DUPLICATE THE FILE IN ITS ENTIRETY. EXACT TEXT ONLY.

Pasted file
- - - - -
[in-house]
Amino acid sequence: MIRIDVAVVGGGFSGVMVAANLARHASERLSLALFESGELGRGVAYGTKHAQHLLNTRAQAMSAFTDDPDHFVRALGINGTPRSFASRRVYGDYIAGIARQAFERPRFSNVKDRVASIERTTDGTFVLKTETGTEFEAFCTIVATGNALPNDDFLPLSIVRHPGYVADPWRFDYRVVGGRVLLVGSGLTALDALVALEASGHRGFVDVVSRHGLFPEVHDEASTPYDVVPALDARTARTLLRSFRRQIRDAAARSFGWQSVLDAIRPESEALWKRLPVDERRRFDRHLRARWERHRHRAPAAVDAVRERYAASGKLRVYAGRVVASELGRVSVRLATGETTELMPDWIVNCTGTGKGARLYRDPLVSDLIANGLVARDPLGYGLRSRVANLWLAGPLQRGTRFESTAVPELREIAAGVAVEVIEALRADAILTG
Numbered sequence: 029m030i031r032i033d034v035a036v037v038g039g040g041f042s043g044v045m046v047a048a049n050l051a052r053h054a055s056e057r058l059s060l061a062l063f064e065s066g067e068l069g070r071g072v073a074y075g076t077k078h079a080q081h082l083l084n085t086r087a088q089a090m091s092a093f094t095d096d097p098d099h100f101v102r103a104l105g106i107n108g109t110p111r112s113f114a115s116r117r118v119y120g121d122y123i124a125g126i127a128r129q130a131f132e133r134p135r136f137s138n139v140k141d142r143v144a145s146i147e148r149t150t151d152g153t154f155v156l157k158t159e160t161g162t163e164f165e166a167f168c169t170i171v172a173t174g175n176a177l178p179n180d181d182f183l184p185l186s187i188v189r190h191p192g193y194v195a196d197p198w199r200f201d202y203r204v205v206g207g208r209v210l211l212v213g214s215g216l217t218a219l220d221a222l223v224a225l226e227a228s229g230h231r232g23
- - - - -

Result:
[in-house]
Amino acid sequence: MIRIDVAVVGGGFSGVMVAANLARHASERLSLALFESGELGRGVAYGTKHAQHLLNTRAQAMSAFTDDPDHFVRALGINGTPRSFASRRVYGDYIAGIARQAFERPRFSNVKDRVASIERTTDGTFVLKTETGTEFEAFCTIVATGNALPNDDFLPLSIVRHPGYVADPWRFDYRVVGGRVLLVGSGLTALDALVALEASGHRGFVDVVSRHGLFPEVHDEASTPYDVVPALDARTARTLLRSFRRQIRDAAARSFGWQSVLDAIRPESEALWKRLPVDERRRFDRHLRARWERHRHRAPAAVDAVRERYAASGKLRVYAGRVVASELGRVSVRLATGETTELMPDWIVNCTGTGKGARLYRDPLVSDLIANGLVARDPLGYGLRSRVANLWLAGPLQRGTRFESTAVPELREIAAGVAVEVIEALRADAILTG
Numbered sequence: 029m030i031r032i033d034v035a036v037v038g039g040g041f042s043g044v045m046v047a048a049n050l051a052r053h054a055s056e057r058l059s060l061a062l063f064e065s066g067e068l069g070r071g072v073a074y075g076t077k078h079a080q081h082l083l084n085t086r087a088q089a090m091s092a093f094t095d096d097p098d099h100f101v102r103a104l105g106i107n108g109t110p111r112s113f114a115s116r117r118v119y120g121d122y123i124a125g126i127a128r129q130a131f132e133r134p135r136f137s138n139v140k141d142r143v144a145s146i147e148r149t150t151d152g153t154f155v156l157k158t159e160t161g162t163e164f165e166a167f168c169t170i171v172a173t174g175n176a177l178p179n180d181d182f183l184p185l186s187i188v189r190h191p192g193y194v195a196d197p198w199r200f201d202y203r204v205v206g207g208r209v210l211l212v213g214s215g216l217t218a219l220d221a222l223v224a225l226e227a228s229g230h231r232g23